The presidential search advisory committee for Tennessee State University met today to outline the search process and agree on a schedule for future meetings.
The committee’s next meeting and any other meetings where individual applicants or candidates are identified will be closed to the public in order to comply with a new state law. The law provides that identities of candidates for chief executive officer of a Tennessee public higher education institution remain confidential unless the candidate is selected as a finalist for the position.
The committee and Tennessee Board of Regents Chancellor John Morgan expect to have a finalist selected to recommend to the board by late October and a new president in place by January 2013.
“This is an outstanding advisory committee, and I appreciate the time each member has dedicated to serve in this important role,” said Morgan. “The engagement each has demonstrated already is a strong indication that the committee will do an excellent job narrowing the field of qualified candidates.” The search committee’s charge is to identify three to five finalists who will visit the college for campus forums and community receptions. After collecting feedback from committee members, Tennessee Board of Regents Chancellor John Morgan will then make a final selection for submission to the TBR for approval. The finalists are expected to be selected at the search advisory committee’s closed meeting scheduled for Oct. 19. The finalists will be announced to the public after the meeting.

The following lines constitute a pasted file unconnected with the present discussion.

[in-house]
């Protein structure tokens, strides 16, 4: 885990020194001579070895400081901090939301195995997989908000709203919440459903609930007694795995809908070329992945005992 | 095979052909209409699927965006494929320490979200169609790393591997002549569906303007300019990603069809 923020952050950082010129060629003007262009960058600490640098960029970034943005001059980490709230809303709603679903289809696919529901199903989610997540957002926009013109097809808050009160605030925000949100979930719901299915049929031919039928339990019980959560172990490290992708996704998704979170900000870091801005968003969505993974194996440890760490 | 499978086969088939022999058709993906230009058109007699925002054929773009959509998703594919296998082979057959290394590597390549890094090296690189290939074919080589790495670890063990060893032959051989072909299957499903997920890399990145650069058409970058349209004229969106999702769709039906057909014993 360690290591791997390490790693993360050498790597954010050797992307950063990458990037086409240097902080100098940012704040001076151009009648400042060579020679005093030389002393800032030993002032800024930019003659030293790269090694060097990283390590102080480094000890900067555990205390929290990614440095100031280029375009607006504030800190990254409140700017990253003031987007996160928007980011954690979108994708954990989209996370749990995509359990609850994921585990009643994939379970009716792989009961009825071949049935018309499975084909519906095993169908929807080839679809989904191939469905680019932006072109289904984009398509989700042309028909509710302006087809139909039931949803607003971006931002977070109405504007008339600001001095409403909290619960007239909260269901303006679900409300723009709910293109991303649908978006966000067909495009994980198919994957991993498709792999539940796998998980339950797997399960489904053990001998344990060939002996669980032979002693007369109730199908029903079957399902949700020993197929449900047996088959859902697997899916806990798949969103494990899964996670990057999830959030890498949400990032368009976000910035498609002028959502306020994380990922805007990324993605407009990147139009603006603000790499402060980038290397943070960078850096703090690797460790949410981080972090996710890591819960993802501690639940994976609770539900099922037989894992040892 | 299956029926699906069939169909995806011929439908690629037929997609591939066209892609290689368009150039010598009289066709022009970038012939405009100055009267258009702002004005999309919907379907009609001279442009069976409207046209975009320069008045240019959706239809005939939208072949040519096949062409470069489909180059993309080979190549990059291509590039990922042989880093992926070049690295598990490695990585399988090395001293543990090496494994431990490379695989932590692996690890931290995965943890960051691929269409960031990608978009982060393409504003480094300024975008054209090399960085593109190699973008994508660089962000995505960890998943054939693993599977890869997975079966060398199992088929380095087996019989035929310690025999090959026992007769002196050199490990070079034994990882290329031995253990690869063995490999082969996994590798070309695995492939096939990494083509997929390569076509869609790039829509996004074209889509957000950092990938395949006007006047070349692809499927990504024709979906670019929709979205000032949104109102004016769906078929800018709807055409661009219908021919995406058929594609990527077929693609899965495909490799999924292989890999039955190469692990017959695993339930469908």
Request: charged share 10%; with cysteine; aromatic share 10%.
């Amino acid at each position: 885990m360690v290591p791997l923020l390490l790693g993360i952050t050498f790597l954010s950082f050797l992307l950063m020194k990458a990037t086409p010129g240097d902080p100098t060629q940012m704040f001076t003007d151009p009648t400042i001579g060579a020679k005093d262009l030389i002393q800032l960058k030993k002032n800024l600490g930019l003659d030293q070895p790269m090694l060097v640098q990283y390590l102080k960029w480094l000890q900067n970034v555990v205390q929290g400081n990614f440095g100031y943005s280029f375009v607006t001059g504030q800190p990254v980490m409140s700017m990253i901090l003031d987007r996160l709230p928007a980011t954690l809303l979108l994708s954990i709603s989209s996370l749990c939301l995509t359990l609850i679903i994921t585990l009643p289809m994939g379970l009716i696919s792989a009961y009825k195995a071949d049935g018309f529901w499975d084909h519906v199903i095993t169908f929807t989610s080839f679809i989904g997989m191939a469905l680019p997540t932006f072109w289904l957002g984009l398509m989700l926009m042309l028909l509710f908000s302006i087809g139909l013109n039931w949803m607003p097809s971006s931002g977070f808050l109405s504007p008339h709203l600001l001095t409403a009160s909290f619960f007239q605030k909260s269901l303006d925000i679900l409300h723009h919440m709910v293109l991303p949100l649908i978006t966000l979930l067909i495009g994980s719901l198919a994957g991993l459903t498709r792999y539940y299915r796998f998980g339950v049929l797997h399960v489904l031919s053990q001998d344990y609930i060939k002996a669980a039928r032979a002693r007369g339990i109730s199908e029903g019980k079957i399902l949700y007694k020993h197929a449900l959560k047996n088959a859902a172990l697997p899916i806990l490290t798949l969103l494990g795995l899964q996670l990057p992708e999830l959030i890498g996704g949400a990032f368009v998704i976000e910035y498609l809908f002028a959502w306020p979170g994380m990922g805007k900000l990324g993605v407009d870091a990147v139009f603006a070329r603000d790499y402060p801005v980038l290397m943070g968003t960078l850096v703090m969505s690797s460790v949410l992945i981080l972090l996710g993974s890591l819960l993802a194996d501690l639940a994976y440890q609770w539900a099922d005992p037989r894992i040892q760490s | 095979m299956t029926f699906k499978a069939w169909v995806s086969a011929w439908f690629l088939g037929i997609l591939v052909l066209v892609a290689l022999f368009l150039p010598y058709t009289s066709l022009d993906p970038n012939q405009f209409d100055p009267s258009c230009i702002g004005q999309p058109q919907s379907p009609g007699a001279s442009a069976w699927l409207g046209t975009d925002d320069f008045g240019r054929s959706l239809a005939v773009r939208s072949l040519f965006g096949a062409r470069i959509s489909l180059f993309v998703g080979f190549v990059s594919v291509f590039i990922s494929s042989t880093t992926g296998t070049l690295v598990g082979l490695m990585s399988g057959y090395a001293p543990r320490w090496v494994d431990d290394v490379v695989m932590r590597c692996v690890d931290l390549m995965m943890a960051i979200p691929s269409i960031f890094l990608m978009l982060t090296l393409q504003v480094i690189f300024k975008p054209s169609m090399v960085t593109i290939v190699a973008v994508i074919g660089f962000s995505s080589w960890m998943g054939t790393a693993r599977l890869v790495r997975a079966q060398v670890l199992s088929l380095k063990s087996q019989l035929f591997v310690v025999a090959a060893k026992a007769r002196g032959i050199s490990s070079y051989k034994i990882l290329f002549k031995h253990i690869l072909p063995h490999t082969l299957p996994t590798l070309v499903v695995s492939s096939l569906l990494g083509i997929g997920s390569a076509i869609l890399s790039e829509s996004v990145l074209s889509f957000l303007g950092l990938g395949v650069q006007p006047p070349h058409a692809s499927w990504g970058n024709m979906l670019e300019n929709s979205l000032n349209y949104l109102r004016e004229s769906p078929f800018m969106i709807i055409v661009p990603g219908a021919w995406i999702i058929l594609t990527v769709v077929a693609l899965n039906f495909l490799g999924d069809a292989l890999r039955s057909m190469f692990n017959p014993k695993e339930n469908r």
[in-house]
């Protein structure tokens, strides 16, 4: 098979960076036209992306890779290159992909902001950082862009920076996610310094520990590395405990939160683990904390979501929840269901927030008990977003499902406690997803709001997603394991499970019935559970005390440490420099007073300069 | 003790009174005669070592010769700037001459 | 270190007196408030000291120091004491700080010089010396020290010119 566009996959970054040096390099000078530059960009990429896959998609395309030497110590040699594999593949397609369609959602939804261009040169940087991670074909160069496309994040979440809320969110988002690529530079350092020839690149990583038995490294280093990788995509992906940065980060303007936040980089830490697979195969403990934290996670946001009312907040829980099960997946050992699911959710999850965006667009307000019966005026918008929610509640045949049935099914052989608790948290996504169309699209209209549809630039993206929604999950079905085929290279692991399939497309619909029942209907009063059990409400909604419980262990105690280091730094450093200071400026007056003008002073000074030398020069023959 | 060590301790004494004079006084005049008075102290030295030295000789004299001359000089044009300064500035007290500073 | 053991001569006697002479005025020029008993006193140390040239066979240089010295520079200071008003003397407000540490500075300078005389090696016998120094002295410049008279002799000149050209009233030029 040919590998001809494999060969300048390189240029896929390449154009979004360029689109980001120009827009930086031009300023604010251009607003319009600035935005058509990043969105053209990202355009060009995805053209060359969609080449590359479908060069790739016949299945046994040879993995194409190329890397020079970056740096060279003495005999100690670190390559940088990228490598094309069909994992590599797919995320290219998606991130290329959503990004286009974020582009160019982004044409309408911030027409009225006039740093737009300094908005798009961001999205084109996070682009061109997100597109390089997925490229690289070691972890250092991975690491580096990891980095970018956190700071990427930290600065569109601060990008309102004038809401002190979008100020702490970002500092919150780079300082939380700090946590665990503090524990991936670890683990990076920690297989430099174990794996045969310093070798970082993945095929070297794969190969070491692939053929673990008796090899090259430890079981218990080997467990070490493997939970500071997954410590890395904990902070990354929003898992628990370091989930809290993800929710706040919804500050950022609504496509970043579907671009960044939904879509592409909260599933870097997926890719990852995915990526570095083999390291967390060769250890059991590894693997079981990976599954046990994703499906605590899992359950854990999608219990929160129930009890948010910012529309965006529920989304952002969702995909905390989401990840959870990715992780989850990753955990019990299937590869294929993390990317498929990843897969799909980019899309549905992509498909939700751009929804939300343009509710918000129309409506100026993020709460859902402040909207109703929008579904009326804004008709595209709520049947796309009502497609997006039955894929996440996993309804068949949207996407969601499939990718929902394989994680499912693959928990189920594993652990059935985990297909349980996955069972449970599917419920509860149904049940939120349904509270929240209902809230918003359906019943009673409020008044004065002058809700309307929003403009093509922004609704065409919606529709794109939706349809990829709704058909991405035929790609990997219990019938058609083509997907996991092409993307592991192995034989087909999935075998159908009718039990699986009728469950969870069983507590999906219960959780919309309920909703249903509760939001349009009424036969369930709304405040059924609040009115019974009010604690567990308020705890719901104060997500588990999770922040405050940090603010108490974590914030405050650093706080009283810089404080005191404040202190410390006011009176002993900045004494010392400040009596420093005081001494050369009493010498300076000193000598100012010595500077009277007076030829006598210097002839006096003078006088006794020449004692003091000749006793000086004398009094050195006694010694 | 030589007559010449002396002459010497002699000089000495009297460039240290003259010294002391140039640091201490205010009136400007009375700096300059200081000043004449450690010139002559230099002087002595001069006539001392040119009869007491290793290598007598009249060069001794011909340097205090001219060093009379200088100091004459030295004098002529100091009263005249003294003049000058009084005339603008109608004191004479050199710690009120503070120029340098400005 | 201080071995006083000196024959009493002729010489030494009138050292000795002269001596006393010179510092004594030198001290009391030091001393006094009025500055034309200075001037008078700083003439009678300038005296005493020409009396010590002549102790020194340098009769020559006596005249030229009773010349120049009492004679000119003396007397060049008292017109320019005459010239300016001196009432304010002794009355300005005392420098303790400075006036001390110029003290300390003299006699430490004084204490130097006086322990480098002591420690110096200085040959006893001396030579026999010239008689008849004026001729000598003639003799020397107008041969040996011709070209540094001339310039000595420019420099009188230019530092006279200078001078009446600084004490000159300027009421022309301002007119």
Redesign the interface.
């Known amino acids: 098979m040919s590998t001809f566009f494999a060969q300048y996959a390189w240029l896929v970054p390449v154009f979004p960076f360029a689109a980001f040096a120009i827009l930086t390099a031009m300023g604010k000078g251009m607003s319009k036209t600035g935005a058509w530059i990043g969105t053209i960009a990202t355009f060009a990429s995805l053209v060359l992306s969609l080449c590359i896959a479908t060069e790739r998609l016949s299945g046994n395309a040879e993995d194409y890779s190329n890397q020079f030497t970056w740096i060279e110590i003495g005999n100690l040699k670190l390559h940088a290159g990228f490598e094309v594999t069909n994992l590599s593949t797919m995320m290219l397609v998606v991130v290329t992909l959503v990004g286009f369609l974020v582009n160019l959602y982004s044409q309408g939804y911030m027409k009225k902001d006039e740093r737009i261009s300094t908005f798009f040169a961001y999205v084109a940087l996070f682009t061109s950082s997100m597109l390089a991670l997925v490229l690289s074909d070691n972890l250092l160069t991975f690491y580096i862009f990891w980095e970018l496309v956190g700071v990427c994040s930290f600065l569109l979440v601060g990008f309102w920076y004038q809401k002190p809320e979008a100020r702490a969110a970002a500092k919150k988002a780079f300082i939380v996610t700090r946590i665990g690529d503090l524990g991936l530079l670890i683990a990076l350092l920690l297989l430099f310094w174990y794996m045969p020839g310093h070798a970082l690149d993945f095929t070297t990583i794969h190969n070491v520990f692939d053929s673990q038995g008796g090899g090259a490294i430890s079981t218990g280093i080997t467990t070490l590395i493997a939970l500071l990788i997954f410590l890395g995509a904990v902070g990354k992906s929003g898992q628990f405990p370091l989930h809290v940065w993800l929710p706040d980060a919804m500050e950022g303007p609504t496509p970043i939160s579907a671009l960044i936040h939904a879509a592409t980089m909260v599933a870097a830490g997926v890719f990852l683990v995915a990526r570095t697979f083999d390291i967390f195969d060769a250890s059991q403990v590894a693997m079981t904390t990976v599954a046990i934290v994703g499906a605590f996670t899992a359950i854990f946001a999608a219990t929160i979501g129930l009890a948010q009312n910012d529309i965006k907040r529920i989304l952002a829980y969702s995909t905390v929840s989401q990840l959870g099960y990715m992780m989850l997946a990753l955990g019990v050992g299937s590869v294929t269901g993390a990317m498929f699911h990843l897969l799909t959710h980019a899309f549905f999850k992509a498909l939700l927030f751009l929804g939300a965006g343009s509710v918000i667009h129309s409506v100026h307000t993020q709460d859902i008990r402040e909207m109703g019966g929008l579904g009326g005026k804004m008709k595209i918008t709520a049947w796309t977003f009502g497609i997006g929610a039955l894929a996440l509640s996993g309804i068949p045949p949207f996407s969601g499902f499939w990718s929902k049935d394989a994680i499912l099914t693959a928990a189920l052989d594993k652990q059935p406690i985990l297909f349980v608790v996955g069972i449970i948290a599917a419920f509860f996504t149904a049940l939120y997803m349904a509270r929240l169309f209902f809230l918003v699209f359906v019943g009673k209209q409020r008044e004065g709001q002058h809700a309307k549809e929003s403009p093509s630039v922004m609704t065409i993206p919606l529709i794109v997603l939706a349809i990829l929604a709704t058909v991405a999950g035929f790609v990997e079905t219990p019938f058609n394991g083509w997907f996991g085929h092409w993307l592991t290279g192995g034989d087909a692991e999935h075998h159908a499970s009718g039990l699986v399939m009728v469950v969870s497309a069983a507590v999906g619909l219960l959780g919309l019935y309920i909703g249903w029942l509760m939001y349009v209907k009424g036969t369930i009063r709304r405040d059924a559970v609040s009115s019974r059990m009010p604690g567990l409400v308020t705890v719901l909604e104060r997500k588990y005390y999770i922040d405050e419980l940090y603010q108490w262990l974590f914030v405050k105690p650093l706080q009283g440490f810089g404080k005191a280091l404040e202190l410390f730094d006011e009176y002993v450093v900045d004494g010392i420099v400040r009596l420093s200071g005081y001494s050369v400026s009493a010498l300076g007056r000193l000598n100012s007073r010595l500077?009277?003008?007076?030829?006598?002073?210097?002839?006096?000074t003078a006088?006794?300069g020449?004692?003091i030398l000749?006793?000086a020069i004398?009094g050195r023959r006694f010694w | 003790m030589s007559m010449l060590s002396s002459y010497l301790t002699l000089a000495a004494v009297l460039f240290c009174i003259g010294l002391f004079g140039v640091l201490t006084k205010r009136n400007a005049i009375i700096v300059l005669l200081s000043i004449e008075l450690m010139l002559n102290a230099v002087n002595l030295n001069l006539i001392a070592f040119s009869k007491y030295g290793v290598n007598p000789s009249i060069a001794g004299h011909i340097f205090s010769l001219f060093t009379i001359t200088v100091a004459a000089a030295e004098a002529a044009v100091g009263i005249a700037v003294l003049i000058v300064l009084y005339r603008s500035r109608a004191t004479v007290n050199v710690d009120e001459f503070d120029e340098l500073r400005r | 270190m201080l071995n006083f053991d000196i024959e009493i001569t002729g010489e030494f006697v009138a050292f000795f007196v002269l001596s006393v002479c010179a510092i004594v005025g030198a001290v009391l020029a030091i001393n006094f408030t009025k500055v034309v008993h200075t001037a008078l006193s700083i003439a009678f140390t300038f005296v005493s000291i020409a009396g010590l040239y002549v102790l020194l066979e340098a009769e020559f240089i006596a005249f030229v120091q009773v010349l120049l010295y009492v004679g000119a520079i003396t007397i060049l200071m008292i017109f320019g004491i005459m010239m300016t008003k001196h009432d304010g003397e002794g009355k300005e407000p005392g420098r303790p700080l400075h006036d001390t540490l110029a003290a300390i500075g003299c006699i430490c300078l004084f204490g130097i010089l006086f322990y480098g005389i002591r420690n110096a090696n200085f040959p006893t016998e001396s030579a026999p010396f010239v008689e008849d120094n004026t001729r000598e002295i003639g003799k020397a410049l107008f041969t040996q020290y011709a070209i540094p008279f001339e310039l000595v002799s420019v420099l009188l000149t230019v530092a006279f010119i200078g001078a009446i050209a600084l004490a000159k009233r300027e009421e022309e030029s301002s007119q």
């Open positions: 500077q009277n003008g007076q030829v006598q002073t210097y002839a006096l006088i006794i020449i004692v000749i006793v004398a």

The TSU committee is the second to begin a presidential search process since the state law requiring applicant confidentiality was enacted. The first meeting of the committee was open to the public. The finalists will be invited to the college to meet with campus and community constituent groups in open forums. All of the campus forums will be streamed live through a link available on the Web. A detailed schedule of the visits will be announced later. More information on the presidential search process, including the criteria for selection, can be found at www.tbr.edu under the “Quick Links” section.
Current TSU Interim President Portia Shields has led the campus since late December 2010. Her contract is scheduled to expire at the end of January. The contract under which she was hired stipulates Shields cannot be considered a candidate for the permanent position.
TSU, Tennessee’s only public HBCU (historically black colleges and universities), is a doctoral/research intensive institution located in Nashville. It recently earned a Top 20 ranking for HBCUs by U.S.News & World Report and has been listed as one of the Top HBCUs in the United States by Black Enterprise magazine. Washington Monthly named TSU as one of the nation’s top universities in its 2011 College Rankings because of its success in educating and graduating academically talented, low-income students who become service-oriented leaders in their professions and communities.
The TBR is the nation’s sixth largest higher education system, governing 46 post-secondary educational institutions. The TBR system includes six universities (including TSU), 13 two-year colleges and 27 technology centers, providing programs in 90 of Tennessee’s 95 counties to more than 200,000 students.
The College System of Tennessee is the state’s largest public higher education system, with 13 community colleges, 27 colleges of applied technology and the online TN eCampus serving approximately 140,000 students. The system is governed by the Tennessee Board of Regents.